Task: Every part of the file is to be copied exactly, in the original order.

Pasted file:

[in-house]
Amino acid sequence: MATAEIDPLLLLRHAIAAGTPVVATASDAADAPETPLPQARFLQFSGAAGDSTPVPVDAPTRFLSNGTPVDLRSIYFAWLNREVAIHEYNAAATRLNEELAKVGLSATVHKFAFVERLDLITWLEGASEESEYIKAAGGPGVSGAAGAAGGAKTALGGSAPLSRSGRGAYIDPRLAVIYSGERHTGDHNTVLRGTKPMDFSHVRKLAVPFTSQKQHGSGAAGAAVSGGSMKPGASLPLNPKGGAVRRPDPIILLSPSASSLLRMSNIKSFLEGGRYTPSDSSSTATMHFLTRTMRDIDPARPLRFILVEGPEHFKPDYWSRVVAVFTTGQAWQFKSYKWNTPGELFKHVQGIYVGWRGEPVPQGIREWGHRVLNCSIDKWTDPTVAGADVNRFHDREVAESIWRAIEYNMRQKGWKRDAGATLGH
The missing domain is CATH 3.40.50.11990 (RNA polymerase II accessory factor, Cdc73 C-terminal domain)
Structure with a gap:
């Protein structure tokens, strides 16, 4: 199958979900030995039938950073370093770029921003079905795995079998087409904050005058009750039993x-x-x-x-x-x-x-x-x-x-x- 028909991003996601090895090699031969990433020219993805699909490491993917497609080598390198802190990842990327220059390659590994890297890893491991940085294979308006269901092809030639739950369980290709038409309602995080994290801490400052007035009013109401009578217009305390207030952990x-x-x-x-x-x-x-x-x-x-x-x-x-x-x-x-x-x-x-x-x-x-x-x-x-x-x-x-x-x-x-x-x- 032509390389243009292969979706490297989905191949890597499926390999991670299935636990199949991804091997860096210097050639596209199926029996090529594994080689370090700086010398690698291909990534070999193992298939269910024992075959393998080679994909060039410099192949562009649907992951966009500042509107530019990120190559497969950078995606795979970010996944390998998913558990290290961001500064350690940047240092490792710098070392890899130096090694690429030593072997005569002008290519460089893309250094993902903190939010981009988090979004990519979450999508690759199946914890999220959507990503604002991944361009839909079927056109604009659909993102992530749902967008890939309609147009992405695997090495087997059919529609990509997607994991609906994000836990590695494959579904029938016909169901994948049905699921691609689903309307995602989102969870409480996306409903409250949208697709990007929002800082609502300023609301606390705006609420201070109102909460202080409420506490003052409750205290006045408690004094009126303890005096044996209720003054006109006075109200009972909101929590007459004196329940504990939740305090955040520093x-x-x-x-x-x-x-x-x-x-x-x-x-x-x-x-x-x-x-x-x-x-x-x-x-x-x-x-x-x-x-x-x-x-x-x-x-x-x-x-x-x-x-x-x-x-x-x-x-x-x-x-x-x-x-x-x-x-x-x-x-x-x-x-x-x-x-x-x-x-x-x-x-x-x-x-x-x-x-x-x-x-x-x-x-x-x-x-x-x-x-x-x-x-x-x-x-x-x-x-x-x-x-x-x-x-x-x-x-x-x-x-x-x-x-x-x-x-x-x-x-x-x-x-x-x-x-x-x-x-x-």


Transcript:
[in-house]
Amino acid sequence: MATAEIDPLLLLRHAIAAGTPVVATASDAADAPETPLPQARFLQFSGAAGDSTPVPVDAPTRFLSNGTPVDLRSIYFAWLNREVAIHEYNAAATRLNEELAKVGLSATVHKFAFVERLDLITWLEGASEESEYIKAAGGPGVSGAAGAAGGAKTALGGSAPLSRSGRGAYIDPRLAVIYSGERHTGDHNTVLRGTKPMDFSHVRKLAVPFTSQKQHGSGAAGAAVSGGSMKPGASLPLNPKGGAVRRPDPIILLSPSASSLLRMSNIKSFLEGGRYTPSDSSSTATMHFLTRTMRDIDPARPLRFILVEGPEHFKPDYWSRVVAVFTTGQAWQFKSYKWNTPGELFKHVQGIYVGWRGEPVPQGIREWGHRVLNCSIDKWTDPTVAGADVNRFHDREVAESIWRAIEYNMRQKGWKRDAGATLGH
The missing domain is CATH 3.40.50.11990 (RNA polymerase II accessory factor, Cdc73 C-terminal domain)
Structure with a gap:
């Protein structure tokens, strides 16, 4: 199958979900030995039938950073370093770029921003079905795995079998087409904050005058009750039993x-x-x-x-x-x-x-x-x-x-x- 028909991003996601090895090699031969990433020219993805699909490491993917497609080598390198802190990842990327220059390659590994890297890893491991940085294979308006269901092809030639739950369980290709038409309602995080994290801490400052007035009013109401009578217009305390207030952990x-x-x-x-x-x-x-x-x-x-x-x-x-x-x-x-x-x-x-x-x-x-x-x-x-x-x-x-x-x-x-x-x- 032509390389243009292969979706490297989905191949890597499926390999991670299935636990199949991804091997860096210097050639596209199926029996090529594994080689370090700086010398690698291909990534070999193992298939269910024992075959393998080679994909060039410099192949562009649907992951966009500042509107530019990120190559497969950078995606795979970010996944390998998913558990290290961001500064350690940047240092490792710098070392890899130096090694690429030593072997005569002008290519460089893309250094993902903190939010981009988090979004990519979450999508690759199946914890999220959507990503604002991944361009839909079927056109604009659909993102992530749902967008890939309609147009992405695997090495087997059919529609990509997607994991609906994000836990590695494959579904029938016909169901994948049905699921691609689903309307995602989102969870409480996306409903409250949208697709990007929002800082609502300023609301606390705006609420201070109102909460202080409420506490003052409750205290006045408690004094009126303890005096044996209720003054006109006075109200009972909101929590007459004196329940504990939740305090955040520093x-x-x-x-x-x-x-x-x-x-x-x-x-x-x-x-x-x-x-x-x-x-x-x-x-x-x-x-x-x-x-x-x-x-x-x-x-x-x-x-x-x-x-x-x-x-x-x-x-x-x-x-x-x-x-x-x-x-x-x-x-x-x-x-x-x-x-x-x-x-x-x-x-x-x-x-x-x-x-x-x-x-x-x-x-x-x-x-x-x-x-x-x-x-x-x-x-x-x-x-x-x-x-x-x-x-x-x-x-x-x-x-x-x-x-x-x-x-x-x-x-x-x-x-x-x-x-x-x-x-x-």